My most recent essay in this blog was two months ago, the unusual delay due in part to time spent on impeachment issues. Like a substantial number of you, I’ve read lengthy reports and watched many hours of impeachment arguments. There is reason to be concerned about America’s worrying descent toward authoritarianism. That is due, at least initially, to the president’s character and behavior, though then supported by Republican Senators.
Our Constitution was designed as the supreme owners’ manual for our new country, its philosophy painstakingly argued and its words carefully expressed. Of course, even perfect inscription of the founders’ wisdom into a written record would result in naught if actions of the electorate and their politicians are not judiciously disciplined by those words. Among other knotty issues, they dealt with the chief executive role, struggling with wanting a powerful presidency while simultaneously fearing it. Americans have been exposed in recent weeks to at least some parts of the founders’ solution to keep these competitive forces in balance. We’ve learned that political personalities and circumstances can make the Constitutional discipline difficult to maintain.
Every citizen should demand that an unhampered Constitutional balance of authority among executive, legislative, and judicial branches be maintained (the oft stated “checks and balances”), regardless of their representatives’ parties or their own. Thus, when President Trump acts as if he has absolute power (“the right to do whatever I want as president”) and the Senate consents to carte blanche approval of executive actions or plans, they are both challenging if not violating the Constitution. In the case of impeachment and Senate trial, if the Senate Majority Leader is more committed to the political link with the president, he is mocking the Constitution.
The Constitution assigns certain job responsibilities and authorities to the Senate and House that might—and sometimes must—thwart the president’s wishes. For example, the Senate’s accepting its Constitutional duties necessarily means from time to time that the Senate must take issue or even oppose the president. True, this makes it harder for Senators, but faithfully maintains the Constitution’s clarity of roles.
However, in the first years of the Constitution, political parties as we know them did not exist. It was possible to speak of the president’s relationship to the Senate or House as distinct political bodies. But as parties came to create semi-permanent components of the Senate and of the House, that clear distinction became complicated, in many instances making reference to the Senate’s or House’s position on an issue a two part (or more) matter, that is, designation of each party’s vote totals. But having parties created even further difficulties.
Consider a minority party in the Senate that is in the same party as the president. The minority party, of course, cannot speak as the Senate (though the majority party can). Although the Constitution establishes the relationship of Senate to president, a disclarity will have arisen if party alliances in practice extend to the relationship between president and Senate minority, thereby cluttering the link.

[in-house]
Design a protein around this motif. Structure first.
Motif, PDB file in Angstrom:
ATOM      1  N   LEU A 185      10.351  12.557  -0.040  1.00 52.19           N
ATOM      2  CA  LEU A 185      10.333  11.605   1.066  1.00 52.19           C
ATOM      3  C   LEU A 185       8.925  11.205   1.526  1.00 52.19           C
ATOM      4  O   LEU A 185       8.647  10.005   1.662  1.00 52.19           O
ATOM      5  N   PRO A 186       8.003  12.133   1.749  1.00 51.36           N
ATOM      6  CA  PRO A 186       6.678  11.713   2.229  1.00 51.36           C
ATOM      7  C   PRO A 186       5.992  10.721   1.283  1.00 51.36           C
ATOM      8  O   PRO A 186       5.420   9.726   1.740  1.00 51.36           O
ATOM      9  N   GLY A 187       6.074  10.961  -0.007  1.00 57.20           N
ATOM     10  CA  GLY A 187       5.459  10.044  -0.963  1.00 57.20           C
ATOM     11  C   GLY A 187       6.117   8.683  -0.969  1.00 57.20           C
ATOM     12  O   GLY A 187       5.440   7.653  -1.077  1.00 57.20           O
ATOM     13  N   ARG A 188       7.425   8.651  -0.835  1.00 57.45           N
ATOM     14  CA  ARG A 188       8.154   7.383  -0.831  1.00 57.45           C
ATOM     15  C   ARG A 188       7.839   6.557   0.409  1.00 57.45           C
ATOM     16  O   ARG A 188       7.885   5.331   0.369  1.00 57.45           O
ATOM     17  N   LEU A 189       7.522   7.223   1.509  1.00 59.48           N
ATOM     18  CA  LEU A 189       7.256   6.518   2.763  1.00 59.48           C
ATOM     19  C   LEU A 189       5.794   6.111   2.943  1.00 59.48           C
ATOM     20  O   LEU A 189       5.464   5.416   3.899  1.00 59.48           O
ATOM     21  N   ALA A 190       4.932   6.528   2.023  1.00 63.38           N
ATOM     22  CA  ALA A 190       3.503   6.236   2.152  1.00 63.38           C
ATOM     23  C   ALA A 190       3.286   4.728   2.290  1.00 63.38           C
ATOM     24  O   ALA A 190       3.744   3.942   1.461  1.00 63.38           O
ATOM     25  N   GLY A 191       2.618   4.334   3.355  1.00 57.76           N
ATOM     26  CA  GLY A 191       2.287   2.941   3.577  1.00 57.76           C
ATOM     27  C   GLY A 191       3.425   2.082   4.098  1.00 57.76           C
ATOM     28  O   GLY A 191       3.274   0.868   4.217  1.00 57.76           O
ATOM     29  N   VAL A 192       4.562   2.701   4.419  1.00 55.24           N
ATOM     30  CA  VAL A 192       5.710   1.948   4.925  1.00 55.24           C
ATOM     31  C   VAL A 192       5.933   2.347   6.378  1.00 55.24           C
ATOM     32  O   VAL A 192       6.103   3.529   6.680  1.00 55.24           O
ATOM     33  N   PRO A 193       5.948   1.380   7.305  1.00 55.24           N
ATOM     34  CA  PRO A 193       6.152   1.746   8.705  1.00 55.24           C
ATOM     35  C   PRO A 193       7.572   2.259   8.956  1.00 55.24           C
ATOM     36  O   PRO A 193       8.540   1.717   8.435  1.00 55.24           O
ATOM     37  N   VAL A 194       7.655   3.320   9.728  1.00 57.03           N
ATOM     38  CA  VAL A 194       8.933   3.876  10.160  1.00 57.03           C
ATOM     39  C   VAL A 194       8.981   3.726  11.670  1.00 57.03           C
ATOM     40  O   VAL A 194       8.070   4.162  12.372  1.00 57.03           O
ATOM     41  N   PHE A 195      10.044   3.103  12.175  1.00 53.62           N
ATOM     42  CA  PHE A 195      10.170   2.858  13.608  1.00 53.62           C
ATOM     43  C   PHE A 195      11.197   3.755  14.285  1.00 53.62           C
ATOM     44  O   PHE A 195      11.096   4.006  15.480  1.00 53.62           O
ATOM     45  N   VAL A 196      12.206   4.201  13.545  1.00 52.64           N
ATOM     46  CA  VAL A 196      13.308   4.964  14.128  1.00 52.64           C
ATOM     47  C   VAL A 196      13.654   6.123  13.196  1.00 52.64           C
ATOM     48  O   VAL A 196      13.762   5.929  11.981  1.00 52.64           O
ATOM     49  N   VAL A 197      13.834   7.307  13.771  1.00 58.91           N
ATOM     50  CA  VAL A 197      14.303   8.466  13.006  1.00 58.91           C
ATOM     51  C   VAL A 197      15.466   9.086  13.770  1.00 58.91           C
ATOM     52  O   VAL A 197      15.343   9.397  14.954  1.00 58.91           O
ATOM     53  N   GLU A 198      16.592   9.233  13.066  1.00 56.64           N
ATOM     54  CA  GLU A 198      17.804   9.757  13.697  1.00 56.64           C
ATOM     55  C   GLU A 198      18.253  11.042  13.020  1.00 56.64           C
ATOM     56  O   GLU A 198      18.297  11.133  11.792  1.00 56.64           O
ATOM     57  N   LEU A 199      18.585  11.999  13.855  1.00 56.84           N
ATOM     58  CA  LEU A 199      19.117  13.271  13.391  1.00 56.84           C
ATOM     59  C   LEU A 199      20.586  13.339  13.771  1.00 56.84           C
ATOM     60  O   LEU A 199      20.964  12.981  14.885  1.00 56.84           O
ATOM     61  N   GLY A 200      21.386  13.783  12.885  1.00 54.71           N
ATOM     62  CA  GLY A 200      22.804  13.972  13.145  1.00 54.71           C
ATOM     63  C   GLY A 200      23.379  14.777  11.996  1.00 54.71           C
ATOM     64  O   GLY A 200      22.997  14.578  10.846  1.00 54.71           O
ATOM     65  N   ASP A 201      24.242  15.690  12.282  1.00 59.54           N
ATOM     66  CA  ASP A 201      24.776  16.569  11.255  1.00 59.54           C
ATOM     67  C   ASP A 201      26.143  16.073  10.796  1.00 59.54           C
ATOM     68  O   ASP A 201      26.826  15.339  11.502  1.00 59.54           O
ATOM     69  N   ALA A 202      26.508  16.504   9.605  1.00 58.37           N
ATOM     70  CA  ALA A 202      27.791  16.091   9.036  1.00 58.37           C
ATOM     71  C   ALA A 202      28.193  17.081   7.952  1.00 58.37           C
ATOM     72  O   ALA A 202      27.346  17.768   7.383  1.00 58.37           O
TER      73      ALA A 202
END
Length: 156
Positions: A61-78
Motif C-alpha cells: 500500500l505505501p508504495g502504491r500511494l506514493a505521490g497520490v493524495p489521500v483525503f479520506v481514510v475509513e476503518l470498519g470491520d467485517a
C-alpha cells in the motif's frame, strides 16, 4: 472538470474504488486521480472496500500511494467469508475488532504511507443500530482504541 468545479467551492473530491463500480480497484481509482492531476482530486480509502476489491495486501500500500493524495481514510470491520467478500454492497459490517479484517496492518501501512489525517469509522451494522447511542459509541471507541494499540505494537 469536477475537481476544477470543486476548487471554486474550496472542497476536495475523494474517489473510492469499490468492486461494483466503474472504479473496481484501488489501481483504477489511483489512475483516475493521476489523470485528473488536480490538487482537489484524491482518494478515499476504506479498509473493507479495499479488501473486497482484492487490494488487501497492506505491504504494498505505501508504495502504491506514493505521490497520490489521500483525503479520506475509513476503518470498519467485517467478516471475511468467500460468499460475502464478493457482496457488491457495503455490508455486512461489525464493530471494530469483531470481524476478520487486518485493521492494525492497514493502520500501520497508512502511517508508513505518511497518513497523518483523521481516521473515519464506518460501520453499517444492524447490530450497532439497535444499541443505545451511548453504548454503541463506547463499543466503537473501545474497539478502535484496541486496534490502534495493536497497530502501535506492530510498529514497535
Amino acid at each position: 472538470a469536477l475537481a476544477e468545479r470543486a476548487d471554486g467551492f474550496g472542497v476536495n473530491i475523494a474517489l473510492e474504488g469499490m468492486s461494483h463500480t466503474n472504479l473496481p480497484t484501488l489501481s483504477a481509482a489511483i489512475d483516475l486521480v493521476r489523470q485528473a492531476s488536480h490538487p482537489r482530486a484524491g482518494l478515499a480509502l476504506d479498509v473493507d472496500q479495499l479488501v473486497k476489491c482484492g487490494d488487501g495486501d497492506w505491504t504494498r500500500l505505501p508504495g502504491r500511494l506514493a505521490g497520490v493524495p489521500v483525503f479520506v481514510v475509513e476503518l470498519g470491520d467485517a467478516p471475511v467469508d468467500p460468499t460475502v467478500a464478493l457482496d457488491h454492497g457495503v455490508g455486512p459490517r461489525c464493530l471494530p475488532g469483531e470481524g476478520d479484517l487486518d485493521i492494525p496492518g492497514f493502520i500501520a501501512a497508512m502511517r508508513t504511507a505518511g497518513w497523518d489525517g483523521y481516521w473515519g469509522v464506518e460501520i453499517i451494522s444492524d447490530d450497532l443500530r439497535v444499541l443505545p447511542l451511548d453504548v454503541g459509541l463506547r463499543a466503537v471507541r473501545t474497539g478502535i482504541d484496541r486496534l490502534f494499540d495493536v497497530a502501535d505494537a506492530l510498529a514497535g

To make my point more actual than hypothetical, it is easier to visualize the reverse situation, that is, if the president is politically linked by party alliance to the Senate majority. Consider that a president has been impeached, thereby triggering a Senate obligation to render judgment whether the president should be vindicated or removed from office. That is the duty that fell to the U. S. Senate beginning last evening. Because of the current party attachment, Senate Majority Leader McConnell wasted no time announcing that his and his majority’s duty will intentionally not be fulfilled.
There are other situations in which this same Senate has failed to fulfill its role since President Trump began his term. “Babysitting” this president impeded its Constitutional and statutory duties. I’ve referred to a few instances in previous posts so I’ll not repeat them here. They illustrate that, while the Senate actually has its own job to do, it has been burdened by dealing with the president’s inadequacies, feeling protective of this nonperforming president of the Senate majority’s own party.
Such sycophancy has become commonplace for Republican senators and representatives since early 2017 due in part to the forceful and unscrupulous personality of President Trump. It may be tempting to pity Republican office holders who must balance daily between their personal convictions and the president’s threats. Still, surrendering to his guileful brand of pressure is a violation of senators’ and representatives’ oaths of office. The current Republican mixture of political intrigue, slippery explanations, and carrying the president’s water is tantamount to a distressing confirmation that despite a phrase Americans dearly love to chant, the American president is indeed above the law.